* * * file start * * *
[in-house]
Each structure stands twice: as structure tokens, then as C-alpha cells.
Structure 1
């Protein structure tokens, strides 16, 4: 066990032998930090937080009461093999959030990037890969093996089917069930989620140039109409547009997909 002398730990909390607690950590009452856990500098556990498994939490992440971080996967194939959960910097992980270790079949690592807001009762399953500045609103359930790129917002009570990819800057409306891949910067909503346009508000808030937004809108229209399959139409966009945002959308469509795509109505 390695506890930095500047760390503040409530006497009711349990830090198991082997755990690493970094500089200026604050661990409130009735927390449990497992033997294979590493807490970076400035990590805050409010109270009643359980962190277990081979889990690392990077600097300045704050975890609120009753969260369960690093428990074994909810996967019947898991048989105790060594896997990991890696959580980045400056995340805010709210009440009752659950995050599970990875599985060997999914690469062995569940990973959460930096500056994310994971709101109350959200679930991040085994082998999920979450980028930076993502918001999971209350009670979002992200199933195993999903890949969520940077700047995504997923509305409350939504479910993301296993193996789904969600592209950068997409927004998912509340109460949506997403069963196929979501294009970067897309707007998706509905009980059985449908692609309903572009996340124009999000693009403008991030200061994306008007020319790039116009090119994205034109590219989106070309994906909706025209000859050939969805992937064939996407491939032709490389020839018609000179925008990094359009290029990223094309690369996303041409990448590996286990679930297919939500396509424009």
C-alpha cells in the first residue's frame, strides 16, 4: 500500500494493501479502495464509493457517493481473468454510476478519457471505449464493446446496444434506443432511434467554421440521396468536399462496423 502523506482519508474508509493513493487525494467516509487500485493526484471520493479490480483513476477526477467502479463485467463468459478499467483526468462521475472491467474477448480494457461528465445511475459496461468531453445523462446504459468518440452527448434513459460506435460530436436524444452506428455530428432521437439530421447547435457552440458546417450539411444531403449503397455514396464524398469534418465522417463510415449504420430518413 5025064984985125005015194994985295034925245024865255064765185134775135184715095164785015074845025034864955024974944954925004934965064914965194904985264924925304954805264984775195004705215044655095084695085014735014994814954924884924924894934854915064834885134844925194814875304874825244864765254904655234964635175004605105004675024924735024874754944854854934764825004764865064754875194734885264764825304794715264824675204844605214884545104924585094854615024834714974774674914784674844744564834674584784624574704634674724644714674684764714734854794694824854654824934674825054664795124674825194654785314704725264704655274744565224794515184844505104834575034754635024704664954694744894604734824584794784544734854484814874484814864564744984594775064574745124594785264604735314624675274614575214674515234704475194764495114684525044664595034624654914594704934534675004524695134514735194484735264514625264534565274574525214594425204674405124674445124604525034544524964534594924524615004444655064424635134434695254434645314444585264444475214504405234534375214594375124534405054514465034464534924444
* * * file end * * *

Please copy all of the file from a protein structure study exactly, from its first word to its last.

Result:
[in-house]
Each structure stands twice: as structure tokens, then as C-alpha cells.
Structure 1
């Protein structure tokens, strides 16, 4: 066990032998930090937080009461093999959030990037890969093996089917069930989620140039109409547009997909 002398730990909390607690950590009452856990500098556990498994939490992440971080996967194939959960910097992980270790079949690592807001009762399953500045609103359930790129917002009570990819800057409306891949910067909503346009508000808030937004809108229209399959139409966009945002959308469509795509109505 390695506890930095500047760390503040409530006497009711349990830090198991082997755990690493970094500089200026604050661990409130009735927390449990497992033997294979590493807490970076400035990590805050409010109270009643359980962190277990081979889990690392990077600097300045704050975890609120009753969260369960690093428990074994909810996967019947898991048989105790060594896997990991890696959580980045400056995340805010709210009440009752659950995050599970990875599985060997999914690469062995569940990973959460930096500056994310994971709101109350959200679930991040085994082998999920979450980028930076993502918001999971209350009670979002992200199933195993999903890949969520940077700047995504997923509305409350939504479910993301296993193996789904969600592209950068997409927004998912509340109460949506997403069963196929979501294009970067897309707007998706509905009980059985449908692609309903572009996340124009999000693009403008991030200061994306008007020319790039116009090119994205034109590219989106070309994906909706025209000859050939969805992937064939996407491939032709490389020839018609000179925008990094359009290029990223094309690369996303041409990448590996286990679930297919939500396509424009």
C-alpha cells in the first residue's frame, strides 16, 4: 500500500494493501479502495464509493457517493481473468454510476478519457471505449464493446446496444434506443432511434467554421440521396468536399462496423 502523506482519508474508509493513493487525494467516509487500485493526484471520493479490480483513476477526477467502479463485467463468459478499467483526468462521475472491467474477448480494457461528465445511475459496461468531453445523462446504459468518440452527448434513459460506435460530436436524444452506428455530428432521437439530421447547435457552440458546417450539411444531403449503397455514396464524398469534418465522417463510415449504420430518413 5025064984985125005015194994985295034925245024865255064765185134775135184715095164785015074845025034864955024974944954925004934965064914965194904985264924925304954805264984775195004705215044655095084695085014735014994814954924884924924894934854915064834885134844925194814875304874825244864765254904655234964635175004605105004675024924735024874754944854854934764825004764865064754875194734885264764825304794715264824675204844605214884545104924585094854615024834714974774674914784674844744564834674584784624574704634674724644714674684764714734854794694824854654824934674825054664795124674825194654785314704725264704655274744565224794515184844505104834575034754635024704664954694744894604734824584794784544734854484814874484814864564744984594775064574745124594785264604735314624675274614575214674515234704475194764495114684525044664595034624654914594704934534675004524695134514735194484735264514625264534565274574525214594425204674405124674445124604525034544524964534594924524615004444655064424635134434695254434645314444585264444475214504405234534375214594375124534405054514465034464534924444